For two long years, Associated Press staff writer Harpaz covered Hillary Clinton's Senate election campaign. This journal of those days serves as an update of Timothy Crouse's 1972 insider's account of political reporting, The Boys on the Bus.
It's a worthy successor—insightful, honest and funny. Much has changed in reporting since 1972. Typewriters and telephones have been replaced by laptops and Palm pilots, and women, all but absent in Crouse's book, make up half of the reporters covering Clinton. Harpaz spends most of her time trying to gain access to the always aloof Hillary, no easy task since, as depicted here, she uses her status as First Lady, and all the security that entails, to keep the press at bay. Only after months of scheming and begging, for instance—in an episode that's both hilarious and telling—is Harpaz able to get a simple list of favorites (color, food, movie, etc.) from the candidate. In the end, Harpaz can't decide if Hillary is a controlling politician or a sincere public advocate, a cold schemer or warm friend to all, and she comes to realize why her subject has been such a lightning rod for both hate and adoration. There's more here: how reporters cope with the absolute boredom of hearing the same few speeches months on end, how Harpaz tries, not very successfully, to have a normal home life for her two small children while working a time-consuming job. But it's soon-to-be-Senator Clinton who dominates the story, and Harpaz offers an insightful portrait that is a joy to read. Agent, Jane Dystel. (Oct. 8)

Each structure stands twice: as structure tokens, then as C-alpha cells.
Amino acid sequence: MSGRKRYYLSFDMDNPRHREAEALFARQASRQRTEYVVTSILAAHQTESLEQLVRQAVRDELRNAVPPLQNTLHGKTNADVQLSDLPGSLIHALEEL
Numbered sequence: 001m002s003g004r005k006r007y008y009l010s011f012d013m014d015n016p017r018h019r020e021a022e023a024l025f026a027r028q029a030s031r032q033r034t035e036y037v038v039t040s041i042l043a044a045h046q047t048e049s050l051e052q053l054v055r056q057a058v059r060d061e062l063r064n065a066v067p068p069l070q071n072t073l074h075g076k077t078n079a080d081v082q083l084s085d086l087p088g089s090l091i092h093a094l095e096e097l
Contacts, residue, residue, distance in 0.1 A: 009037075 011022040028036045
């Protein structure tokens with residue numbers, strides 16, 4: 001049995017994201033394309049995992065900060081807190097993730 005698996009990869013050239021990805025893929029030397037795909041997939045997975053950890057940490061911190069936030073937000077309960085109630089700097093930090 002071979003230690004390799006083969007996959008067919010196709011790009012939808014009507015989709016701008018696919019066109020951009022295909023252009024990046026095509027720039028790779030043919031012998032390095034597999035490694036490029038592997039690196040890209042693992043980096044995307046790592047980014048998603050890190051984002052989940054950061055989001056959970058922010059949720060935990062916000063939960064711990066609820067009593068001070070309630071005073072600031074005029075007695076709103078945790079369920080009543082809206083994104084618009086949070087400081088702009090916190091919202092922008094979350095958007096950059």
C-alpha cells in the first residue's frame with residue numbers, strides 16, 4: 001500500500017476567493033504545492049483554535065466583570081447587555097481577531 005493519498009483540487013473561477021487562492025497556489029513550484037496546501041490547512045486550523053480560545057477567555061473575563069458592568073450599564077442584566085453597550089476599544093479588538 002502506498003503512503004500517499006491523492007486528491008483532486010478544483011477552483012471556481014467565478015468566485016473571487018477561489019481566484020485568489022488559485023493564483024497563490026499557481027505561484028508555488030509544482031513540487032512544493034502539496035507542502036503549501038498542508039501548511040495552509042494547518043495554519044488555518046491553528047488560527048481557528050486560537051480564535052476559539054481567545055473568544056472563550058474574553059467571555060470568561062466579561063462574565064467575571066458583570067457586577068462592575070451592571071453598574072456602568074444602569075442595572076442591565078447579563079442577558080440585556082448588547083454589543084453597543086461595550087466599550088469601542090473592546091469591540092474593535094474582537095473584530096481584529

Forecast:Harpaz's eye for detail and razor-sharp wit should appeal to an audience beyond just political junkies. With good word of mouth–and regional N.Y. promotion– it could do quite well.